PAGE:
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Paul Krugman is not a Keynesian

September 23, 2011

This is my quarterly rant on Paul Krugman and his beloved “New Keynesian” economics, a mainstream system of belief that’s neither new nor Keynesian.  It’s not new because it’s little more than an extension of old style neo-classical economics and, that being so, isn’t remotely Keynesian.

If there’s one overriding bedrock principle in Keynes’s “General Theory of Employment, Interest, and Money”, it’s that there’s no natural force driving the economy to full employment and that the orthodox economic theory of full employment equilibrium is wrong.  Per Keynes, “There is only one level of employment consistent with the propensity to consume and the rate of investment and it is not necessarily full employment”.

Utterly contra to this bedrock Keynesian principle, Krugman today laments the state of economic education and then proceeds to explain why the neo-classical idea of full employment equilibrium is correct.  He even has the temerity to refer to the early Keynes.

I really wonder about the state of economics education.

Look, standard Keynesian models, open-economy version, tell a very clear story about what happens when a country pegs its exchange rate at a level that leaves its industry uncompetitive. The country doesn’t stay depressed forever: high unemployment leads to actual or at least relative deflation, which gradually improves cost-competitiveness, which leads to rising net exports and gradual expansion. In the long run, full employment is restored; it’s just that in the long run we’re all, well, you get the picture.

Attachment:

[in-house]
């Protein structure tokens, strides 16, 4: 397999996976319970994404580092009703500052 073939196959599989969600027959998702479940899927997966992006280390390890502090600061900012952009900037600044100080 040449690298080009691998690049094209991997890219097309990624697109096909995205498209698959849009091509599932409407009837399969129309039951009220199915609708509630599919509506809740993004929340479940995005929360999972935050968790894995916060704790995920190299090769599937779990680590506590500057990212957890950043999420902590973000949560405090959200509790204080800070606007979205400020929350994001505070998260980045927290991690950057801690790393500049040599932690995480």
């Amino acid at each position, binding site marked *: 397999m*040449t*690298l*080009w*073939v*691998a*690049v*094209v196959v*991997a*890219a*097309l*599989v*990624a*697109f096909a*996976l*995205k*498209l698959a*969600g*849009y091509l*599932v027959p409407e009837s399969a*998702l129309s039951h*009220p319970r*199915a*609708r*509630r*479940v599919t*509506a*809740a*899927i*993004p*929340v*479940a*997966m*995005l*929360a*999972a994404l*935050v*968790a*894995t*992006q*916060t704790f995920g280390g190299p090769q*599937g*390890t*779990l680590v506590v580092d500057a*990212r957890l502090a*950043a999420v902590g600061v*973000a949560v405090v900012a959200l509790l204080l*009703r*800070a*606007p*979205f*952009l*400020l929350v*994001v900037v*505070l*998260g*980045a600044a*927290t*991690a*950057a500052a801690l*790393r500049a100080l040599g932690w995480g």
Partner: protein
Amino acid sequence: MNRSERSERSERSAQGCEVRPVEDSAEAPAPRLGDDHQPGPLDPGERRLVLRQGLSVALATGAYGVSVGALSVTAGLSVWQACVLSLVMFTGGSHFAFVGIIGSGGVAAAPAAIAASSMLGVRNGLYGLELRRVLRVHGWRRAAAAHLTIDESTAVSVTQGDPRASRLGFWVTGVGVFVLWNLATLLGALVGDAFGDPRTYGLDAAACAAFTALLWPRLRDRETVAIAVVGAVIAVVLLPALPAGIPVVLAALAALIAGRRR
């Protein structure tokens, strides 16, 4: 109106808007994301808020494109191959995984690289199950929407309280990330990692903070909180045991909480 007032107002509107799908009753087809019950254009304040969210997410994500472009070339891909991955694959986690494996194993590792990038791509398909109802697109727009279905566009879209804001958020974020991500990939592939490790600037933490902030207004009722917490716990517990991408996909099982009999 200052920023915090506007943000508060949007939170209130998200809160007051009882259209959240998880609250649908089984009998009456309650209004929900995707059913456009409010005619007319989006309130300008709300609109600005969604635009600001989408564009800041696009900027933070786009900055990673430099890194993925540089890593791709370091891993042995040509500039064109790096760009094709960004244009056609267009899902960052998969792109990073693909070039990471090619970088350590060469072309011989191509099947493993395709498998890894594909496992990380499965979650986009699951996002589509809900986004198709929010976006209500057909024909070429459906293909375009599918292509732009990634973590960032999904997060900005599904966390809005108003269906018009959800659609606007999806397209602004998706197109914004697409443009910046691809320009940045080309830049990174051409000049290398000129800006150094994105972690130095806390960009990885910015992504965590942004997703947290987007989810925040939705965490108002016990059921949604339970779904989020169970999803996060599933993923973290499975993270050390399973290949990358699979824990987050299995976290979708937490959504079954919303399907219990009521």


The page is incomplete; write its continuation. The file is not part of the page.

That was Keynes’s whole point in The Economic Consequences of Mr. Churchill — not that the return to gold at too high a parity would mean depression forever, but that it would subject Britain to years of unnecessary suffering.

Keynes’s whole point though, influenced tremendously by the Marxian tradition, was that a steady state of depression could in fact last forever since the only way out is continuous and expanding investment for which no equilibrium force within the market provides.  His solution was for a far more active and ongoing government role to assure investment levels were sufficient for full employment coupled with redistribution to reduce the overall importance of investment.  Krugman is either completely disingenuous in quoting Keynes in his post or desperately needs a refresher reading of his claimed intellectual forefather.